10 Kinetic Energy Kinetic energy of a rotating body: Lets split up the body into a collection of particles K = 0.5 ( m i r i2 ) 2 ṛ i Rotational Inertia: I = ( m i r i 2 ) m v K = 0.5 I 2 Compare with translation: K = 0.5 m v 2 Correspondences: v <-> I <-> m

11 Example: Kinetic Energy Energy storage in an electric flywheel: K rot = 0.5 I 2 To reduce mass w/o reducing I it might be useful to use an annular cylinder. But material stress favors solid wheels for high end applications.

12 Example: Kinetic Energy Energy storage in an electric flywheel: K rot = 0.5 I 2 Example (solid wheel): M = 600kg, R=0.5m I = 75kg m 2 Rotates 30000rpm: f = 30000rpm/60s/min = 500Hz = 2 f = * 1000 rad/s K rot = 370MJ A lot of energy which can be released very fast in fusion reactors, in braking systems used in trains etc.

13 Torque We have discussed the equations describing the dynamical variables of rotation ( ) calculated the kinetic energy associated with a rotating body pointed out the similarities with translations What is missing: The 'force' of rotation, the torque

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16 Note: Nm = J but J is only used for energies and Nm only for torques

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18 Example Pivot. Point L/4 3L/4 F What is the angular acceleration? Use = /I need to get I and Moment of inertia: I = I com +M(L/4) 2 = ML 2 /12+ML 2 /16 I = 7ML 2 /48 Torque: = F L/4 (Note F is perpendicular to lever arm) = /I = (FL/ML 2 ) (48/(7*4)) = 12 * F/(7*M*L)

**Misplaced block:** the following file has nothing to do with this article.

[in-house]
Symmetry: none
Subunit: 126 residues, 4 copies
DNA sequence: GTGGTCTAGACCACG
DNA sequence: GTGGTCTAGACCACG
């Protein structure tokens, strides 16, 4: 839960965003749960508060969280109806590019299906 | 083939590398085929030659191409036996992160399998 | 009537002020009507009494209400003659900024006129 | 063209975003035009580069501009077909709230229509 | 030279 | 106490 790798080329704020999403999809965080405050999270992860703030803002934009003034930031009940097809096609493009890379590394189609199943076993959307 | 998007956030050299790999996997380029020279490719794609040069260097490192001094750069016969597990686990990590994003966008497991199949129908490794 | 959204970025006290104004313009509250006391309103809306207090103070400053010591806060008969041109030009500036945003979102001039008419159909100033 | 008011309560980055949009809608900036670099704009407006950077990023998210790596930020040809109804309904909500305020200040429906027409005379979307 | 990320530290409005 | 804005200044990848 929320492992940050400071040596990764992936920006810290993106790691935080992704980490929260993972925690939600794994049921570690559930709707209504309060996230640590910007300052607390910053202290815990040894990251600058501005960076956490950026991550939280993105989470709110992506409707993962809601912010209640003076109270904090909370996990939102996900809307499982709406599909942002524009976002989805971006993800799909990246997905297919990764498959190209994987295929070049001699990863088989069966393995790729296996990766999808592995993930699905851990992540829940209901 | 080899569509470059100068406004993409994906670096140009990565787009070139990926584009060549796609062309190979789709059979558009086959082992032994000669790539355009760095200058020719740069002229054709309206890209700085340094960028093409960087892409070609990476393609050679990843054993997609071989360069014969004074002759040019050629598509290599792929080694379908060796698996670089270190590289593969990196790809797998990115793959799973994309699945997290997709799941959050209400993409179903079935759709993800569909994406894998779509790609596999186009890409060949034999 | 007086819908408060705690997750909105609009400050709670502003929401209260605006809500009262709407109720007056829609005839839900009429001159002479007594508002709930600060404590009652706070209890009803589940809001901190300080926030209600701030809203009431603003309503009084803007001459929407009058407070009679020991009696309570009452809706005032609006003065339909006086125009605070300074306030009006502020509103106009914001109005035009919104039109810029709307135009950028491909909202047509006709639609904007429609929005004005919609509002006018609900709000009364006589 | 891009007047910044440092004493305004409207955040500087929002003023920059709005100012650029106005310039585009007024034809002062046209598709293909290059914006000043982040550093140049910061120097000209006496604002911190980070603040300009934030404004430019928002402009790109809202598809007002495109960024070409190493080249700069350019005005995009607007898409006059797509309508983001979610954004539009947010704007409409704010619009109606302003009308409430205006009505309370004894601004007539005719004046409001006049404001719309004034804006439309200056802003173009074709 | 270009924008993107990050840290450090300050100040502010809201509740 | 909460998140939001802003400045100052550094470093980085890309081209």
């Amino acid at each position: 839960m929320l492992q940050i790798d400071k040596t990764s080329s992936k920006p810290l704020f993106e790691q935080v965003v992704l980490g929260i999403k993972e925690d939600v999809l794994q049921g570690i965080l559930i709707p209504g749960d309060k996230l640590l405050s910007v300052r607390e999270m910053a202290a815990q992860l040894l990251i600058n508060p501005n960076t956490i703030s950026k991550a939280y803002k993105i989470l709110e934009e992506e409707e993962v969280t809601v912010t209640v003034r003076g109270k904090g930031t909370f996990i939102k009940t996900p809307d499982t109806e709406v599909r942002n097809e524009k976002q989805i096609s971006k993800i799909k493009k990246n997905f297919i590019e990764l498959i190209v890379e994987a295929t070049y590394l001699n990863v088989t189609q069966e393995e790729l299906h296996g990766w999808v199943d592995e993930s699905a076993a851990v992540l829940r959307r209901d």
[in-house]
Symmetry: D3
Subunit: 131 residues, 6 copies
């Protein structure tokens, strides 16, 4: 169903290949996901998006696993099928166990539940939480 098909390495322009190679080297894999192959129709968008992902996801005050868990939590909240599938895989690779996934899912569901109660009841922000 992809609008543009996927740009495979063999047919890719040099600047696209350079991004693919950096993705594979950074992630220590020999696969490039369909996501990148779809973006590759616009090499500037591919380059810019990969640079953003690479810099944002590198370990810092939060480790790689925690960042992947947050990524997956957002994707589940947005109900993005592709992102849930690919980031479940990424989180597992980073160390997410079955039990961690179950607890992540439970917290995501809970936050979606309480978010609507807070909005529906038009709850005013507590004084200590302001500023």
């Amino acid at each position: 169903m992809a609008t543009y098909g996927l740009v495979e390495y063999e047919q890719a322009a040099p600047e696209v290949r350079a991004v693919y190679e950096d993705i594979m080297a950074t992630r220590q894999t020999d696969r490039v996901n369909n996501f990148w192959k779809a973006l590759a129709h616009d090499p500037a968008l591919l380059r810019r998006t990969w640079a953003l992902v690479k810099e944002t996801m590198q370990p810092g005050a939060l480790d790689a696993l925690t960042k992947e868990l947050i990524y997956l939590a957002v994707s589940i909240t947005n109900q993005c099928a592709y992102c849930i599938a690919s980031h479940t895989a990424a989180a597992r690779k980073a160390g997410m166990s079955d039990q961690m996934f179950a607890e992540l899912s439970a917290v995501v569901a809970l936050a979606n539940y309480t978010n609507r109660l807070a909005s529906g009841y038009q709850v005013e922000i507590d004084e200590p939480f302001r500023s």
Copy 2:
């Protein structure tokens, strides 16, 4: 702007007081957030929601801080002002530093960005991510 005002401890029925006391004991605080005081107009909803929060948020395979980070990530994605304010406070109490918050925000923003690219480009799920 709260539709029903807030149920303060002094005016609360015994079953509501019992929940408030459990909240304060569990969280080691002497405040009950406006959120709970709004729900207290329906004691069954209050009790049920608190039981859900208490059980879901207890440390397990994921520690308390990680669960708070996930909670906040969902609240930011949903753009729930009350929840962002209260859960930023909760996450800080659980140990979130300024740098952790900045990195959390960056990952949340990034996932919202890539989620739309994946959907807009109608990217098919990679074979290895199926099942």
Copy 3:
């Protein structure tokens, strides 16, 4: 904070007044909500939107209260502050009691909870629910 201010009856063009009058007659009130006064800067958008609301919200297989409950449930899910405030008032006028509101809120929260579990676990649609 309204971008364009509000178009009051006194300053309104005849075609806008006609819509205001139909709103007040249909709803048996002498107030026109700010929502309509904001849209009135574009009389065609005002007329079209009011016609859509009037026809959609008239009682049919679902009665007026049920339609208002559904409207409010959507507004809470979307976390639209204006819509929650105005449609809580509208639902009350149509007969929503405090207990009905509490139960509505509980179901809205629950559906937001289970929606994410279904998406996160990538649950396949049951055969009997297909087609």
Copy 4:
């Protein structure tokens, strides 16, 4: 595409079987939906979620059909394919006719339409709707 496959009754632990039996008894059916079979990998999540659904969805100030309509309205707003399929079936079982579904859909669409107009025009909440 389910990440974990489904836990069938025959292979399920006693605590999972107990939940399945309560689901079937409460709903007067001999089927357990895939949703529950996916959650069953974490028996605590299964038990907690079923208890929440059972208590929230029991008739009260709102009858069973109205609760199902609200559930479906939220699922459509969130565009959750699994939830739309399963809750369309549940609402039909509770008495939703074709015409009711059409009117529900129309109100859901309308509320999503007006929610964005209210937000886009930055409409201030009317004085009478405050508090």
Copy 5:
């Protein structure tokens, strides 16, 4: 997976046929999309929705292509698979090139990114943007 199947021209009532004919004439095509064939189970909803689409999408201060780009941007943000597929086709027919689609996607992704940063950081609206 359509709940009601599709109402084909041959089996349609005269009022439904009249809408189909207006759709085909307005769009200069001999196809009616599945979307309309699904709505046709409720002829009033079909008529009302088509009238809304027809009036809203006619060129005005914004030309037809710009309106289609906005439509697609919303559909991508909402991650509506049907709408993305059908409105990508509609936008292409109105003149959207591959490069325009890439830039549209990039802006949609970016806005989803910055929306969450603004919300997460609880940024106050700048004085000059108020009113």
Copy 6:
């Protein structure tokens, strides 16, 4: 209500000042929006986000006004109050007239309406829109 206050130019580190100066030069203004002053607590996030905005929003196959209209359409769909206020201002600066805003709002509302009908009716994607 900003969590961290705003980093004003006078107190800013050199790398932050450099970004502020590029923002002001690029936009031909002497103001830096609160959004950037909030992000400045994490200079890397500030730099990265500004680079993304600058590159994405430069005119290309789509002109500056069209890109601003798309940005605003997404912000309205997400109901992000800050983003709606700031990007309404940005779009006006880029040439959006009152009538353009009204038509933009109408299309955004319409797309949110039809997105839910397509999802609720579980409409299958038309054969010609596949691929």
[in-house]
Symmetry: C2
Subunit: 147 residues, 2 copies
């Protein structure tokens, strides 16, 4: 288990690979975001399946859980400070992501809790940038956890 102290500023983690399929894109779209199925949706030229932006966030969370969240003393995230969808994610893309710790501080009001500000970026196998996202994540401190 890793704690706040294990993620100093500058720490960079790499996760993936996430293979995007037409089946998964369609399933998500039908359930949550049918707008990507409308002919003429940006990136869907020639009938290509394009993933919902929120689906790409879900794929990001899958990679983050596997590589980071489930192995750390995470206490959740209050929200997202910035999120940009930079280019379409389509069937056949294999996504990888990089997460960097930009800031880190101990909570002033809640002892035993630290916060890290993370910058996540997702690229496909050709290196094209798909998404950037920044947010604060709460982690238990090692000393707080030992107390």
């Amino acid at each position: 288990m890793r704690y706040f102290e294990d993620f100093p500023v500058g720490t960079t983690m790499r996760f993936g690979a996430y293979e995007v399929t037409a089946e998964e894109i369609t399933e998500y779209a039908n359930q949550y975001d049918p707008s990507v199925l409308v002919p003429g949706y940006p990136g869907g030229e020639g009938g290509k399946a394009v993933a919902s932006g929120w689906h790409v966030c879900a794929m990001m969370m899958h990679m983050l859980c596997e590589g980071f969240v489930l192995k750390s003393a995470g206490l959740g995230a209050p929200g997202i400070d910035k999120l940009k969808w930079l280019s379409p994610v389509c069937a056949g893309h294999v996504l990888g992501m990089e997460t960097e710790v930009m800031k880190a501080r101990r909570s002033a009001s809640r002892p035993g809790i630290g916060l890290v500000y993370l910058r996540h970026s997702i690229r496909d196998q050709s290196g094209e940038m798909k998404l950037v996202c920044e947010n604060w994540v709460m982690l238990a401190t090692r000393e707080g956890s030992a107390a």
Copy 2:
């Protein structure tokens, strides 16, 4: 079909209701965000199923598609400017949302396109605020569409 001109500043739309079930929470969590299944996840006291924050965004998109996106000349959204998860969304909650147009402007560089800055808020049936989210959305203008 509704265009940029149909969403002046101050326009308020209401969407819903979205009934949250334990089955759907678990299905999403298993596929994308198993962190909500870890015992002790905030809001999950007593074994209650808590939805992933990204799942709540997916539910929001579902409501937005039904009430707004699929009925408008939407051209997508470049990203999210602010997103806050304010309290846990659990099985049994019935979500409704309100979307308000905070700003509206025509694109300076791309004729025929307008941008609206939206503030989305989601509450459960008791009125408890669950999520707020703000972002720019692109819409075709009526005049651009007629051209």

19 Example Pivot. Point L/4 3L/4 F 2 F 1 Assume a second force is now applied at the other end of the stick. What would be its magnitude and direction if it prevents the stick from rotating? No rotation: Net = 0 1 = F 1 L/4 = 2 = F 2 3L/4 Direction of the force will be the same (both down) Magnitude: F 2 =F 1 /3

20 Example. Notice: A uniform disk with mass M = 2.5kg and radius R=20cm is mounted on a horizontal axle. A block of mass m=1.2kg hangs from a massless cord that is wrapped around the rim of the disk. Q1: Find the acceleration of the falling block. We have two forces acting on mass m: Gravity and tension from the string We have one torque caused by the tension in the string acting on the disk The linear motion of the mass is linked to the circular motion of the disk via the cord.

21 Example. Notice: A uniform disk with mass M = 2.5kg and radius R=20cm is mounted on a horizontal axle. A block of mass m=1.2kg hangs from a massless cord that is wrapped around the rim of the disk. Q1: Find the acceleration of the falling block. We have two forces acting on mass m: Gravity and tension from the string ma = T-mg (equation of motion of the falling block) (Unknowns: a and T)

22 Example. Notice: A uniform disk with mass M = 2.5kg and radius R=20cm is mounted on a horizontal axle. A block of mass m=1.2kg hangs from a massless cord that is wrapped around the rim of the disk. Q1: Find the acceleration of the falling block. We have one torque caused by the tension in the string acting on the disk = -TR (force T perpendicular to lever arm negative, because of clockwise rotation) = I =0.5 MR 2 T = -0.5MR